ICEC Releases New Advocacy Brief on Emergency Contraception

Today, the International Consortium for Emergency Contraception (ICEC) announced the released a new advocacy brief entitled “The Unfinished Agenda: Next Steps to Increase Access to Emergency Contraception". The brief presents a summary of data collected by ICEC and partners on global emergency contraceptive access, including country-level policies and practices, availability across sectors, and awareness of EC among women and providers. Overall, the data suggest that while the past twenty years have seen a dramatic increase in EC availability, access remains limited, especially in developing countries. Read more...

2014 Gates Letter Highlights Women’s Empowerment and Family Planning

The 2014 Annual Letter from the Bill & Melinda Gates Foundation effectively highlights common myths about global aid and development, and what areas need to be prioritized to see real progress for the poor and marginalized. In particular, increasing women’s empowerment and their access to contraception are discussed as key interventions that lead to measurable change and a more equitable, sustainable world. Read more...

Celebrate Solutions: Saving Mothers’ Lives with Misoprostol

By: Sara Pellegrom, Women Deliver

Liberia is one of several countries where USAID’s Maternal and Child Health Integrated Program (MCHIP) and Jhpiego have rolled out a new program to distribute misoprostol to prevent postpartum hemorrhage. Liberia was chosen as a recipient country because of its high maternal mortality ratio of 994 deaths per 100,000 live births, high rate of home births, and limited access to health care facilities.

The six-month program, with support from the Liberian government, is designed to support the Ministry of Health and Social Welfare in fulfilling its maternal health objectives by building the capacity of health workers to implement the initiative throughout the country. Read more...

Keeping Complexity in a Human Rights–Based Approach to Family Planning: Is It Worth It?

Submitted by Shannon Harris, on behalf of the team led by Futures Group and EngenderHealth that developed the Voluntary, Rights-Based Family Planning Framework, Originally posted on Champions4Choice

Human rights–based family planning (FP) programming—what does it mean? Where do you start to translate it into practice? How comprehensive do you need to be? It is easy to become daunted by a long list of inputs and activities, such as those listed in the voluntary, rights-based family planning framework developed by a team led by Futures Group and EngenderHealth. The recent Vision 2020 newsletter refers to the overwhelming nature of existing guidance documents for ensuring that FP programs are rights-based and offers a simplified starting point. But will simplification of a complex set of challenges lead to the transformation in FP programming that our field needs? Read more...

2013: A Year of Delivering for Girls and Women

As we near the end of 2013, it’s time to look back on the incredible accomplishments of the past year to drive progress for girls and women. From Women’s Deliver’s biggest and brightest global conference to-date to significant progress made in increasing access to family planning and in developing a new global framework that priorities girls and women, this year has been monumental. Advocates from around the world and across sectors joined together to evaluate current and past efforts, analyze lessons learned, and look towards a brighter future. Read more...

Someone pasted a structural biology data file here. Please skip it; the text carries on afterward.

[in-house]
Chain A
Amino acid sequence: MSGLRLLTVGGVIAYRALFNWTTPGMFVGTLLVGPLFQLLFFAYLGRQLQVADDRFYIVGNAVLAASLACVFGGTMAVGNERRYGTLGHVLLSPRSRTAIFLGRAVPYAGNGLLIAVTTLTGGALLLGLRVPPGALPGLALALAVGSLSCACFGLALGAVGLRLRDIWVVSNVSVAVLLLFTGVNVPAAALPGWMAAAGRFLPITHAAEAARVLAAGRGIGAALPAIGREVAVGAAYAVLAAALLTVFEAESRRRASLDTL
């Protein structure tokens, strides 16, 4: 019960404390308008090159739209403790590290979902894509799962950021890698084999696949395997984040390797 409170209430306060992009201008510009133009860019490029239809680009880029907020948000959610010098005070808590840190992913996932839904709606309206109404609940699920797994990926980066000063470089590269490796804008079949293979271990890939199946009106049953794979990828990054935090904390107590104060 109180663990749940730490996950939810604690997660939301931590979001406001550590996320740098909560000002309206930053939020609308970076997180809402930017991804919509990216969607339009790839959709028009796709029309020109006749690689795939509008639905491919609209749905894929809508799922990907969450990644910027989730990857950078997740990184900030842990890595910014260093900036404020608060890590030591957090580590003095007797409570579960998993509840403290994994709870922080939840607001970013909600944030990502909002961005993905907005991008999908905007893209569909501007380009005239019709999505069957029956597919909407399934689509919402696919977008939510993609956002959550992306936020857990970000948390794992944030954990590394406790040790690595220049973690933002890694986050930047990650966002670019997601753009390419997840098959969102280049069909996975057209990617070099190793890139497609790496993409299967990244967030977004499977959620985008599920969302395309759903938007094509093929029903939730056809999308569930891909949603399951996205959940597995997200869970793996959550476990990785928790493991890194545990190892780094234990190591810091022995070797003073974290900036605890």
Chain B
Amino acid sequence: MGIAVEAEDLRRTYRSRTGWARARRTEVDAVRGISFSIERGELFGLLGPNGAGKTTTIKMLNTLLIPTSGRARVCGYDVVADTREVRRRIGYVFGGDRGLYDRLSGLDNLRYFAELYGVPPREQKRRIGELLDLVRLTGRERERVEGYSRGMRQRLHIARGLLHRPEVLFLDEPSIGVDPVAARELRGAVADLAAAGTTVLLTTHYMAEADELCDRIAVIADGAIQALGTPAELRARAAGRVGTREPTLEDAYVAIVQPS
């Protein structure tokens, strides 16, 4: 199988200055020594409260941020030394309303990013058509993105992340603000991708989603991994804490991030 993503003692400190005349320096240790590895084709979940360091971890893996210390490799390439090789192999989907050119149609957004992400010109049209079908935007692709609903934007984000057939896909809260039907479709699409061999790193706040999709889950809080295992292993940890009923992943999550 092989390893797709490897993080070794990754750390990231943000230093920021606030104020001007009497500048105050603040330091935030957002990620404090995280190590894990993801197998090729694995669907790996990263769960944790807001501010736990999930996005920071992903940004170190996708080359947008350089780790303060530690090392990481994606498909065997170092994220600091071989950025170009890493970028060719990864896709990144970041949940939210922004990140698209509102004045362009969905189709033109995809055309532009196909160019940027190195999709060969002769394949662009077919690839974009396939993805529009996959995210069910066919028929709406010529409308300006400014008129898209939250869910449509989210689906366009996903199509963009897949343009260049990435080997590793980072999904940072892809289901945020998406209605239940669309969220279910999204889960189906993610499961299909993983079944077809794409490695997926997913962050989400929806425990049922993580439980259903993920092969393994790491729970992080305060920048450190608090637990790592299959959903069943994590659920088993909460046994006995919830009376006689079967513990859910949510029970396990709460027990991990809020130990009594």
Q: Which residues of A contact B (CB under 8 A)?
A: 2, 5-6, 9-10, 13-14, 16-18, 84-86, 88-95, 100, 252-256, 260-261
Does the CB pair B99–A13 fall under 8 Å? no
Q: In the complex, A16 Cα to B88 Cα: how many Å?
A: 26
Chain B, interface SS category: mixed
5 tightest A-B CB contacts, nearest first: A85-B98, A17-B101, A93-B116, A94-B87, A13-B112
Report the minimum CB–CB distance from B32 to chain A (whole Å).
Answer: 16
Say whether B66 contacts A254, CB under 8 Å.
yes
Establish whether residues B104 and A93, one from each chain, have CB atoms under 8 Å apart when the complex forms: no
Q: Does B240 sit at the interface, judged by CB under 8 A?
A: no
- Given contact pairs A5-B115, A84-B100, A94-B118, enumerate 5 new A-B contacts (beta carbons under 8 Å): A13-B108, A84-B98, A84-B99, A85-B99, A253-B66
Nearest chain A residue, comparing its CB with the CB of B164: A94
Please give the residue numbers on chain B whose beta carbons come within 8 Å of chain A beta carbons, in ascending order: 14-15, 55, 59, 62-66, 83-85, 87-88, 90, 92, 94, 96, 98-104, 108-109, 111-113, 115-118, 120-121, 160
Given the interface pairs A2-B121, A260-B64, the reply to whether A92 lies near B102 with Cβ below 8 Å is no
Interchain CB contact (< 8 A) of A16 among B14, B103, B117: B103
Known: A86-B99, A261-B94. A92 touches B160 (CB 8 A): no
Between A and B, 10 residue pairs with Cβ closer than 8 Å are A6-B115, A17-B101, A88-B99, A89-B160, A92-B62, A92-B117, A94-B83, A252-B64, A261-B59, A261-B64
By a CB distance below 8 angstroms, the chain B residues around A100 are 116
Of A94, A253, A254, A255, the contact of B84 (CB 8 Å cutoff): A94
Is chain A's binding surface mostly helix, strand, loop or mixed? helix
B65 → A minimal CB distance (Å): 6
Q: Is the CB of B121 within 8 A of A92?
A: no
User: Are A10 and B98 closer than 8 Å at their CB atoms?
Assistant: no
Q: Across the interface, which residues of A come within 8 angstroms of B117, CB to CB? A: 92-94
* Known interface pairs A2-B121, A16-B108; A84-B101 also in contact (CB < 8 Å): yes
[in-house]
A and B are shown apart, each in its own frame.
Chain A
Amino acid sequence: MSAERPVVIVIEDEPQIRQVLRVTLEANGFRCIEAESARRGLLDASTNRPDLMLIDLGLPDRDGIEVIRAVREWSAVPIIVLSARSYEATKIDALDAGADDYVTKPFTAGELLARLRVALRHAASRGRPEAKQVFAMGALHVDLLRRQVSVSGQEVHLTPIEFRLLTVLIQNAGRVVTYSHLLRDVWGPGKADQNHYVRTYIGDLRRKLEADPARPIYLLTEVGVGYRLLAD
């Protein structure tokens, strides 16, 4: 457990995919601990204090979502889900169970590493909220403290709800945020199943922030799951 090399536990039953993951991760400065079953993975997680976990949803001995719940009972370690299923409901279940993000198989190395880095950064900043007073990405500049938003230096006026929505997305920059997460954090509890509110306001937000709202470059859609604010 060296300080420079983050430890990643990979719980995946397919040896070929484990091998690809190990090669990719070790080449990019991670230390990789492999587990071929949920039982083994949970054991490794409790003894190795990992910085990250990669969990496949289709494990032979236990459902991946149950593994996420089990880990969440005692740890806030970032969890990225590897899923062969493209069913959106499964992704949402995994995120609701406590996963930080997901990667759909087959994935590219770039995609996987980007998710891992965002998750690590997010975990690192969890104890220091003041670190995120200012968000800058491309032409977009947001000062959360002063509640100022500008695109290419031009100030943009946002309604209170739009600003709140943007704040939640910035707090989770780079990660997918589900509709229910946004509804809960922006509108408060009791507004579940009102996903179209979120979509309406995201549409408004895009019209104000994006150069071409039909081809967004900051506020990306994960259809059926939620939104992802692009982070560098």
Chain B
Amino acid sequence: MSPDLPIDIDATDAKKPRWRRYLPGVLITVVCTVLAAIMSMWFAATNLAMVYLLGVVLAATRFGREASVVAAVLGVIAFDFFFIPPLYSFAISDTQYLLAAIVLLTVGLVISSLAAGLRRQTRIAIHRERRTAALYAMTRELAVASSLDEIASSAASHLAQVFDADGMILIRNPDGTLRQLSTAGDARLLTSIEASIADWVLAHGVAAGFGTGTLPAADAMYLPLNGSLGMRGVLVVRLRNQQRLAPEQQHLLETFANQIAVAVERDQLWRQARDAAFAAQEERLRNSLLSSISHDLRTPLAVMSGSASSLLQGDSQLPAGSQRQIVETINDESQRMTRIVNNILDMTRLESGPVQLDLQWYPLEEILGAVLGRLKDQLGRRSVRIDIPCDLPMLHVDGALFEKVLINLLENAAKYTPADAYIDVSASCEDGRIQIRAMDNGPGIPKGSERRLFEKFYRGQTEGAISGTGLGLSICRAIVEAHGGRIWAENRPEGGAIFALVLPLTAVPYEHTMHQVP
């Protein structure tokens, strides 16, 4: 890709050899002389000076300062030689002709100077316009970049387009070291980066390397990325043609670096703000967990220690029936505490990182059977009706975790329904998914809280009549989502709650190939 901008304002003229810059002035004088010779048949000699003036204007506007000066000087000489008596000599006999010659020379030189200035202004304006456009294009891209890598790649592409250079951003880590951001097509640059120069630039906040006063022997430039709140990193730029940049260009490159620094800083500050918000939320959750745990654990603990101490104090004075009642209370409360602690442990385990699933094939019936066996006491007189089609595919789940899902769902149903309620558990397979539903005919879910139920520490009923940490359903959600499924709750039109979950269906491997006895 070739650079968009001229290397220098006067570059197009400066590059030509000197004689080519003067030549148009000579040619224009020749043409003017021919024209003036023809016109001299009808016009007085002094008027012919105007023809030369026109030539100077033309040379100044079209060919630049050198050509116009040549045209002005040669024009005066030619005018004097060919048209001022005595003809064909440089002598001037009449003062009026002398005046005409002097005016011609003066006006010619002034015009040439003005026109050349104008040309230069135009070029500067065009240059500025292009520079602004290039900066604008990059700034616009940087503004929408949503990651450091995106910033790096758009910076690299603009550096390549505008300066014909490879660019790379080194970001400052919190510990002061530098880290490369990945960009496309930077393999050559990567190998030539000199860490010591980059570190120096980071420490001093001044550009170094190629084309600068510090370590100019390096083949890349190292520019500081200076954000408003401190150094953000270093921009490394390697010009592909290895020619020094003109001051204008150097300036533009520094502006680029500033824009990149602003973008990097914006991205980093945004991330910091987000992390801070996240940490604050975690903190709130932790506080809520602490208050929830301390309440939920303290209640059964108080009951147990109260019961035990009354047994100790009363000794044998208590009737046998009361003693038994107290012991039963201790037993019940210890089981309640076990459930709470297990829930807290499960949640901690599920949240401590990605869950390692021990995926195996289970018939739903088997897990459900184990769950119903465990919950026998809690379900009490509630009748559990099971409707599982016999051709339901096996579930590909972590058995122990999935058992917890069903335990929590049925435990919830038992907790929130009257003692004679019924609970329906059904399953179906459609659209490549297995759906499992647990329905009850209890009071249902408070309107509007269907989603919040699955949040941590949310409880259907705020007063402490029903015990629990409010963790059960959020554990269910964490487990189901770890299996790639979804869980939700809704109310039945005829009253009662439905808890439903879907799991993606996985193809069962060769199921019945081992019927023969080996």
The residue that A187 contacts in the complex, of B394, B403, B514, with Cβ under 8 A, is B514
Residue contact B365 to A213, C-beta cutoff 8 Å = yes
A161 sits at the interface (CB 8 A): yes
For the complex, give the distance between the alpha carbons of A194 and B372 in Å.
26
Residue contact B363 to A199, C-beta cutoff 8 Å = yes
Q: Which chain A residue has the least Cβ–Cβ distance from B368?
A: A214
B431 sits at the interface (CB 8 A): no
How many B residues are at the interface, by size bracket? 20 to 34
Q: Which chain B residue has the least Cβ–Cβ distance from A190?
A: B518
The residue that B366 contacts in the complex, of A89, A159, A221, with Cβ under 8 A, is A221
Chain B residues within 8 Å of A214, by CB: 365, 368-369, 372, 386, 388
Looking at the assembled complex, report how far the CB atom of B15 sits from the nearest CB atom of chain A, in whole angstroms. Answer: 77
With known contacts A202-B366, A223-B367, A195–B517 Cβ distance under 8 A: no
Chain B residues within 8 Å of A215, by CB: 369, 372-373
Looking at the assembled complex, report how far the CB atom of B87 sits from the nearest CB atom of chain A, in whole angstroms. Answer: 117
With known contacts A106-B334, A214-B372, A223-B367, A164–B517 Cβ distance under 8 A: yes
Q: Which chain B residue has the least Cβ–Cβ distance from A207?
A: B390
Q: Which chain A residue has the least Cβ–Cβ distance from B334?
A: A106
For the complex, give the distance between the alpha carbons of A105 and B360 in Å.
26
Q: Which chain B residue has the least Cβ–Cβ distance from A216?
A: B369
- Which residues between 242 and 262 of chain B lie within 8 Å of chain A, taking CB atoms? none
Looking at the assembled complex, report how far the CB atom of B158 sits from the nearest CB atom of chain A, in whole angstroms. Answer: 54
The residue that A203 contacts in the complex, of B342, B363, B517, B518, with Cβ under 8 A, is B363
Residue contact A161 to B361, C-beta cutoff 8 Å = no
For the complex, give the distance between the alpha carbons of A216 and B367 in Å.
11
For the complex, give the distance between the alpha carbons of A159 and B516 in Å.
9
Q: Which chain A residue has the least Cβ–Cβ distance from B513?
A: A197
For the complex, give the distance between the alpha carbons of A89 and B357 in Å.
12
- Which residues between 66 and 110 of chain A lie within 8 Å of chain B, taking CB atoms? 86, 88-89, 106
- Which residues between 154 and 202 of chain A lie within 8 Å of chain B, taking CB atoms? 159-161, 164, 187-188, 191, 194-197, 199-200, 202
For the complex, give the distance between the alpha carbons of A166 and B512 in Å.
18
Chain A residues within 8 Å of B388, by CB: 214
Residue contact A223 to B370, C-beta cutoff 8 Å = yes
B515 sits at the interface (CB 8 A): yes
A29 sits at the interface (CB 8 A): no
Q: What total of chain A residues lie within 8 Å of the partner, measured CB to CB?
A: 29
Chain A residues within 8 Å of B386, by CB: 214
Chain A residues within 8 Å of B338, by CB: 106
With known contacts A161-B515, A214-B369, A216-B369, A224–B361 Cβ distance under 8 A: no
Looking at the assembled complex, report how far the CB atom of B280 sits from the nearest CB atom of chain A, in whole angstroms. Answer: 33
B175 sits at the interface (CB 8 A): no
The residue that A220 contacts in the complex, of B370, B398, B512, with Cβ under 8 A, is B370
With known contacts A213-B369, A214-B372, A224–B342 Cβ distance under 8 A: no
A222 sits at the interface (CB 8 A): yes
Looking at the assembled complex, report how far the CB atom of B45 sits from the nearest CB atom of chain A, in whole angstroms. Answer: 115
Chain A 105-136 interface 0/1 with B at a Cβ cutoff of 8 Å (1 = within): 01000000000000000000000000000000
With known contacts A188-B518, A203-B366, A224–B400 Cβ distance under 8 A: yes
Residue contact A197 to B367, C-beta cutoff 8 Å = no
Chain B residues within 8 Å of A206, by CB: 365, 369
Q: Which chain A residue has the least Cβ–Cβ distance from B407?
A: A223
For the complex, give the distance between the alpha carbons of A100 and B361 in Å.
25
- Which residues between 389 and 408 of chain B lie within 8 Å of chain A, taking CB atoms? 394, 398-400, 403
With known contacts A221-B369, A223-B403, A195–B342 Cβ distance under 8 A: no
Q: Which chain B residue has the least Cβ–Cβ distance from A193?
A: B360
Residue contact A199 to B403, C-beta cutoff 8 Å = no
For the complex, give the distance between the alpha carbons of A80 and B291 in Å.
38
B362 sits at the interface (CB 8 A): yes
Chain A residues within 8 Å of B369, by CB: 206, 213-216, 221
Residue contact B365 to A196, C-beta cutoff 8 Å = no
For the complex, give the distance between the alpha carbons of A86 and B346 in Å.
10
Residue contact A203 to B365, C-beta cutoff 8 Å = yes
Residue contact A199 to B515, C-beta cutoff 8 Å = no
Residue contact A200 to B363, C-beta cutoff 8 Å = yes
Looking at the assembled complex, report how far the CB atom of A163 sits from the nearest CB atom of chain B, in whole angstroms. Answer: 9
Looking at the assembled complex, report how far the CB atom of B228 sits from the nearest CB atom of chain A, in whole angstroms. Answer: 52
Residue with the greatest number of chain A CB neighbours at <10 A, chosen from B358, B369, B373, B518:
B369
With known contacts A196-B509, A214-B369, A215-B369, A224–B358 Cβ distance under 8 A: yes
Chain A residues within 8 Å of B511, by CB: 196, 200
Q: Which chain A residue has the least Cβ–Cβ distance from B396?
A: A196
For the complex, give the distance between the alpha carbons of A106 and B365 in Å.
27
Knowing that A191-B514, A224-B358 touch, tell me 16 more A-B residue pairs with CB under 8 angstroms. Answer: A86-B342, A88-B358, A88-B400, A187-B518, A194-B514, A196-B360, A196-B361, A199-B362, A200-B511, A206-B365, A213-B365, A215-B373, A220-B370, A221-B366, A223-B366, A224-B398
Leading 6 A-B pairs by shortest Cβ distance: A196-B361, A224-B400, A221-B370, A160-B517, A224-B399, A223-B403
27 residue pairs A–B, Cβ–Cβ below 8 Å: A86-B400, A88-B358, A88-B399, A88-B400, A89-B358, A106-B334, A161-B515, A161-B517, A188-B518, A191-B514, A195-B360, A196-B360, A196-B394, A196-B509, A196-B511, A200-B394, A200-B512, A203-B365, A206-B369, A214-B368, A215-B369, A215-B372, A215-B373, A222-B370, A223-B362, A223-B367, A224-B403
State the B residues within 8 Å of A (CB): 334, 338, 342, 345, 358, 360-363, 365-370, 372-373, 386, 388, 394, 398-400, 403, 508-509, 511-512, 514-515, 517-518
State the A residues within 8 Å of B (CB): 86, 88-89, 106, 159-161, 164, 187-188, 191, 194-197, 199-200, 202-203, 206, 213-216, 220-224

Long-Acting Reversible Contraception in the Context of Full Access, Full Choice

2013 Statement from the Bellagio Group on LARCs

In November 2013 at the International Conference on Family Planning in Addis Ababa, Ethiopia, the Population Council convened the third meeting of international experts to discuss ways to expand contraceptive choice and accelerate progress toward the Millennium Development Goal of universal access to reproductive health services by increasing access to highly effective, long-acting, reversible contraceptives (LARCs).

The Bellagio Group shares a commitment to leadership in increasing access and choice in contraceptive information, services, and supplies. Participants include service providers, donor representatives, researchers, procurement specialists, manufacturers, and public health specialists. Read more...

Raising Our Voices: Young Leaders at the International Conference on Family Planning

By: Ms. Makda Mikre Tessema, Let Girls Lead AGALI fellow, YWCA Ethiopia

The International Family Planning Conference in Addis Ababa, Ethiopia included more than 4000 people from all over the world bringing together family planning educators, researchers, practitioners and most importantly, the highest number of young people attending an international conference.

Before the official opening of the ICFP conference, I had the great honor to speak at the Family Planning + Social Good pre-conference event, representing Let Girls Lead’s Adolescent Girls Advocacy & Leadership Initiative and the YWCA of Ethiopia. Let Girls Lead empowers girls and their allies to lead social change, contributing to improved health, education, and livelihoods for over 3 million girls globally. I graduated from Let Girls Lead’s AGALI program in 2010, where I learned to lead changes that improve young people’s lives, including increasing their access to family planning. Read more...

Ending Motherhood in Childhood

By: Lynn ElHarake, Council on Foreign Relations; Originally posted by Council on Foreign Relations